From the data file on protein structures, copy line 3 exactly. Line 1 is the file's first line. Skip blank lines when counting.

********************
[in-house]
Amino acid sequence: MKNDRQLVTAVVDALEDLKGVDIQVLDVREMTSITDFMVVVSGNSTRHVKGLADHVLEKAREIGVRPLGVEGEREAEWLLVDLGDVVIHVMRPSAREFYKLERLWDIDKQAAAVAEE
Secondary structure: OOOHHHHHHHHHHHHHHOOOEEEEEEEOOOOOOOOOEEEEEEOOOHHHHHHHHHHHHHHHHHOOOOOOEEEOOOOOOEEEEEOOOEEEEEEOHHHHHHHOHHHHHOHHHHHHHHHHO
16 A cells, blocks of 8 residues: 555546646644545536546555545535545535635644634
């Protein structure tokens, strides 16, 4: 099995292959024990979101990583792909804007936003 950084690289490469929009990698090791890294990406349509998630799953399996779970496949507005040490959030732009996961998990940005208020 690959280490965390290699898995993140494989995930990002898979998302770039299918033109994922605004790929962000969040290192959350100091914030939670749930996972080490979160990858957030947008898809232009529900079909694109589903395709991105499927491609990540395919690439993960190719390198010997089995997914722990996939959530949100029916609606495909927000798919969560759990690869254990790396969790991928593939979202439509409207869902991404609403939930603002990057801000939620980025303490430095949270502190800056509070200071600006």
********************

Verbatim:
Secondary structure: OOOHHHHHHHHHHHHHHOOOEEEEEEEOOOOOOOOOEEEEEEOOOHHHHHHHHHHHHHHHHHOOOOOOEEEOOOOOOEEEEEOOOEEEEEEOHHHHHHHOHHHHHOHHHHHHHHHHO